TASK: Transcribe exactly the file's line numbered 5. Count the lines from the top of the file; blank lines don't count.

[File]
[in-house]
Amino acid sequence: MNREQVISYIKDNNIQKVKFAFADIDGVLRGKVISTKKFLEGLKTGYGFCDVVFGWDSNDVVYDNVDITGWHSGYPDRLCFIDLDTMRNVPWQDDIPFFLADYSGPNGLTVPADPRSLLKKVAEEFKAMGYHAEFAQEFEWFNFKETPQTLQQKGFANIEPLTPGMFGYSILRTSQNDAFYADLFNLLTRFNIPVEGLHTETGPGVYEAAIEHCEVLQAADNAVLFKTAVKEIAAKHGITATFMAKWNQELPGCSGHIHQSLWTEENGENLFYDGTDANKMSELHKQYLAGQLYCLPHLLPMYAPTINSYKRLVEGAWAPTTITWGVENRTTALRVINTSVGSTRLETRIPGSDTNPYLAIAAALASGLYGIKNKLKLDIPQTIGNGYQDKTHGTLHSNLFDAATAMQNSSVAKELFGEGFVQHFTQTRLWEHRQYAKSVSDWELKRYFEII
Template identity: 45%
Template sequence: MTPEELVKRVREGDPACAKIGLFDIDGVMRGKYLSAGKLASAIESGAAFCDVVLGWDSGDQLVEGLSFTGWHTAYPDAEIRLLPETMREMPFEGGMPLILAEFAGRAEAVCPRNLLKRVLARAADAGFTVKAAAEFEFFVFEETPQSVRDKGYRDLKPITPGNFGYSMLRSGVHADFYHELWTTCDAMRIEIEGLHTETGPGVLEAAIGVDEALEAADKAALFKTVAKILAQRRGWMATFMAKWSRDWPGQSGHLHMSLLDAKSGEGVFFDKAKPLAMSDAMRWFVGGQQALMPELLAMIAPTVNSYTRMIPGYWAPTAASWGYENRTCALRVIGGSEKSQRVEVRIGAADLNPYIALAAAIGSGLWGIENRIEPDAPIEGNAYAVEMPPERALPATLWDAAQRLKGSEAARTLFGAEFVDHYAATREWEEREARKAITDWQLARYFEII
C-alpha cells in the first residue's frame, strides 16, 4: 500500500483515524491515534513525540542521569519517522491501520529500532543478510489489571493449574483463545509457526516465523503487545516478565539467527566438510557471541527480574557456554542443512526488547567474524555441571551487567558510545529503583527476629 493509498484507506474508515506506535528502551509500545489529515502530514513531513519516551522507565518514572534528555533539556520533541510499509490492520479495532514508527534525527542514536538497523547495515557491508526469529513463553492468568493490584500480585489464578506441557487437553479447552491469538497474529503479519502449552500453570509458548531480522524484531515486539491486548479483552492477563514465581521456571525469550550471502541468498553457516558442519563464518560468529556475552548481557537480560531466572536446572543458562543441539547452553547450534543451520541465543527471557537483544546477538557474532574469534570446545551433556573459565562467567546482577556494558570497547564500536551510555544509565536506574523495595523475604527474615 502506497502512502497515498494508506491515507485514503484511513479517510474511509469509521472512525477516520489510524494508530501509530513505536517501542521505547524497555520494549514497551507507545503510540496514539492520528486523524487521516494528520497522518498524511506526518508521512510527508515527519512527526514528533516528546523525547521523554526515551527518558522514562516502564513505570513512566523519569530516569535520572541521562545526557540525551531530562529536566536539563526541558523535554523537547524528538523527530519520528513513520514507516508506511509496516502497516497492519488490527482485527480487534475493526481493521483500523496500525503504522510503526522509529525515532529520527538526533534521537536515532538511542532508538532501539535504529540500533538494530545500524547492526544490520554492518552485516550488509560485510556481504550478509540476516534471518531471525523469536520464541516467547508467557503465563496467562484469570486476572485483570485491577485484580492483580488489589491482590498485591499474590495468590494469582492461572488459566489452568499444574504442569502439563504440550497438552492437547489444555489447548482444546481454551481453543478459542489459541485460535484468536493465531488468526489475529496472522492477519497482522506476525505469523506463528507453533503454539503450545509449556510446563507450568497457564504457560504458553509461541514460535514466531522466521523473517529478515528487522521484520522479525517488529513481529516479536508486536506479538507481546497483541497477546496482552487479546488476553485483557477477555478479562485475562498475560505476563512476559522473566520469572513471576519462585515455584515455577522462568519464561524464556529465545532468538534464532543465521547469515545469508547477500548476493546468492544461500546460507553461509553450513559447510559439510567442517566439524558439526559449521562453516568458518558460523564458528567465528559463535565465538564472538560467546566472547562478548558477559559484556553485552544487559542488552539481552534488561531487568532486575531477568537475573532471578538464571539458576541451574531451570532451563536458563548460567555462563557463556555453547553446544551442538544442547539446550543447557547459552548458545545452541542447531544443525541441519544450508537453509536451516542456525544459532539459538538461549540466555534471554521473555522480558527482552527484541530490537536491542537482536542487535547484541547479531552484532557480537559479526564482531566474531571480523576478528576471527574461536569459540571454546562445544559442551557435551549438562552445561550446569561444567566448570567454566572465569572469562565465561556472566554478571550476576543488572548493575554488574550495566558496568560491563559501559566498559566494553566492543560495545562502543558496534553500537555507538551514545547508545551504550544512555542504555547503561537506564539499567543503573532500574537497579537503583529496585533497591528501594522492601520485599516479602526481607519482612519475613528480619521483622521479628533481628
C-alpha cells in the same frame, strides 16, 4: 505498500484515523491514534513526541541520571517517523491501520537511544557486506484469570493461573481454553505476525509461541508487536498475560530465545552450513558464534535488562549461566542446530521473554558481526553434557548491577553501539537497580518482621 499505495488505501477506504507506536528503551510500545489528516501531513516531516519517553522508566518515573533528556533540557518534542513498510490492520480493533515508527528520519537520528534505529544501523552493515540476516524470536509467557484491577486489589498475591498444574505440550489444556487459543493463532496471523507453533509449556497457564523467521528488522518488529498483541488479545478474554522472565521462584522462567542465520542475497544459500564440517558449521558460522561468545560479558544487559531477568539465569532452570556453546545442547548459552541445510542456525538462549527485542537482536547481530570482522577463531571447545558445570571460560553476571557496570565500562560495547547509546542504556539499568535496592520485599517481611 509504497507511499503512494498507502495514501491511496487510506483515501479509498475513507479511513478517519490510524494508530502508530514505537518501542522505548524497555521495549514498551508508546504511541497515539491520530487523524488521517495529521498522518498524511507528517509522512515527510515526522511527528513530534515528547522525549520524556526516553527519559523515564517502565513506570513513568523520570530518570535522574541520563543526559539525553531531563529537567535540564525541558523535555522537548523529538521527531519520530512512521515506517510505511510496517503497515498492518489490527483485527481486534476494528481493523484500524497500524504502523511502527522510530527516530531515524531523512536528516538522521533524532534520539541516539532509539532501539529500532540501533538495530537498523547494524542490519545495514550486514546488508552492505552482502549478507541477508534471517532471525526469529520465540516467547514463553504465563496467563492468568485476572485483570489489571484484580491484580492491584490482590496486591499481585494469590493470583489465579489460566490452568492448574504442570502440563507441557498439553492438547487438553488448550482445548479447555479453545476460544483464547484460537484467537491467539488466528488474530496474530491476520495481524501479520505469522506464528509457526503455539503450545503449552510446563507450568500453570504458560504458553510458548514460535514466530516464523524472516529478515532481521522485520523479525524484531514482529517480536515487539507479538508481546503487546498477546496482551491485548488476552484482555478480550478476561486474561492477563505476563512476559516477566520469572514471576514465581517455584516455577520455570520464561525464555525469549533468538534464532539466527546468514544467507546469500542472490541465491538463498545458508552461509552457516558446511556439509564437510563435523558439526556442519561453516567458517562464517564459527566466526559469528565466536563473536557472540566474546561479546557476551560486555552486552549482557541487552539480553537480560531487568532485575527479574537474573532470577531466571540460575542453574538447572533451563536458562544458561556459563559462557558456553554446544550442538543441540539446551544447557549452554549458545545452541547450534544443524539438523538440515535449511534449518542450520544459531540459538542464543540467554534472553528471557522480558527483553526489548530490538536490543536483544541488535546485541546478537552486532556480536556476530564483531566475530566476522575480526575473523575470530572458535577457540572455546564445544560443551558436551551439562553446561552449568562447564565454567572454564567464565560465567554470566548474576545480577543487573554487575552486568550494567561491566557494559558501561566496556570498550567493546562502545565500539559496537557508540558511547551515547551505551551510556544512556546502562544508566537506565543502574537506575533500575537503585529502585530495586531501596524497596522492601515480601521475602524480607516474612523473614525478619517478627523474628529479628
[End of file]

C-alpha cells in the first residue's frame, strides 16, 4: 500500500483515524491515534513525540542521569519517522491501520529500532543478510489489571493449574483463545509457526516465523503487545516478565539467527566438510557471541527480574557456554542443512526488547567474524555441571551487567558510545529503583527476629 493509498484507506474508515506506535528502551509500545489529515502530514513531513519516551522507565518514572534528555533539556520533541510499509490492520479495532514508527534525527542514536538497523547495515557491508526469529513463553492468568493490584500480585489464578506441557487437553479447552491469538497474529503479519502449552500453570509458548531480522524484531515486539491486548479483552492477563514465581521456571525469550550471502541468498553457516558442519563464518560468529556475552548481557537480560531466572536446572543458562543441539547452553547450534543451520541465543527471557537483544546477538557474532574469534570446545551433556573459565562467567546482577556494558570497547564500536551510555544509565536506574523495595523475604527474615 502506497502512502497515498494508506491515507485514503484511513479517510474511509469509521472512525477516520489510524494508530501509530513505536517501542521505547524497555520494549514497551507507545503510540496514539492520528486523524487521516494528520497522518498524511506526518508521512510527508515527519512527526514528533516528546523525547521523554526515551527518558522514562516502564513505570513512566523519569530516569535520572541521562545526557540525551531530562529536566536539563526541558523535554523537547524528538523527530519520528513513520514507516508506511509496516502497516497492519488490527482485527480487534475493526481493521483500523496500525503504522510503526522509529525515532529520527538526533534521537536515532538511542532508538532501539535504529540500533538494530545500524547492526544490520554492518552485516550488509560485510556481504550478509540476516534471518531471525523469536520464541516467547508467557503465563496467562484469570486476572485483570485491577485484580492483580488489589491482590498485591499474590495468590494469582492461572488459566489452568499444574504442569502439563504440550497438552492437547489444555489447548482444546481454551481453543478459542489459541485460535484468536493465531488468526489475529496472522492477519497482522506476525505469523506463528507453533503454539503450545509449556510446563507450568497457564504457560504458553509461541514460535514466531522466521523473517529478515528487522521484520522479525517488529513481529516479536508486536506479538507481546497483541497477546496482552487479546488476553485483557477477555478479562485475562498475560505476563512476559522473566520469572513471576519462585515455584515455577522462568519464561524464556529465545532468538534464532543465521547469515545469508547477500548476493546468492544461500546460507553461509553450513559447510559439510567442517566439524558439526559449521562453516568458518558460523564458528567465528559463535565465538564472538560467546566472547562478548558477559559484556553485552544487559542488552539481552534488561531487568532486575531477568537475573532471578538464571539458576541451574531451570532451563536458563548460567555462563557463556555453547553446544551442538544442547539446550543447557547459552548458545545452541542447531544443525541441519544450508537453509536451516542456525544459532539459538538461549540466555534471554521473555522480558527482552527484541530490537536491542537482536542487535547484541547479531552484532557480537559479526564482531566474531571480523576478528576471527574461536569459540571454546562445544559442551557435551549438562552445561550446569561444567566448570567454566572465569572469562565465561556472566554478571550476576543488572548493575554488574550495566558496568560491563559501559566498559566494553566492543560495545562502543558496534553500537555507538551514545547508545551504550544512555542504555547503561537506564539499567543503573532500574537497579537503583529496585533497591528501594522492601520485599516479602526481607519482612519475613528480619521483622521479628533481628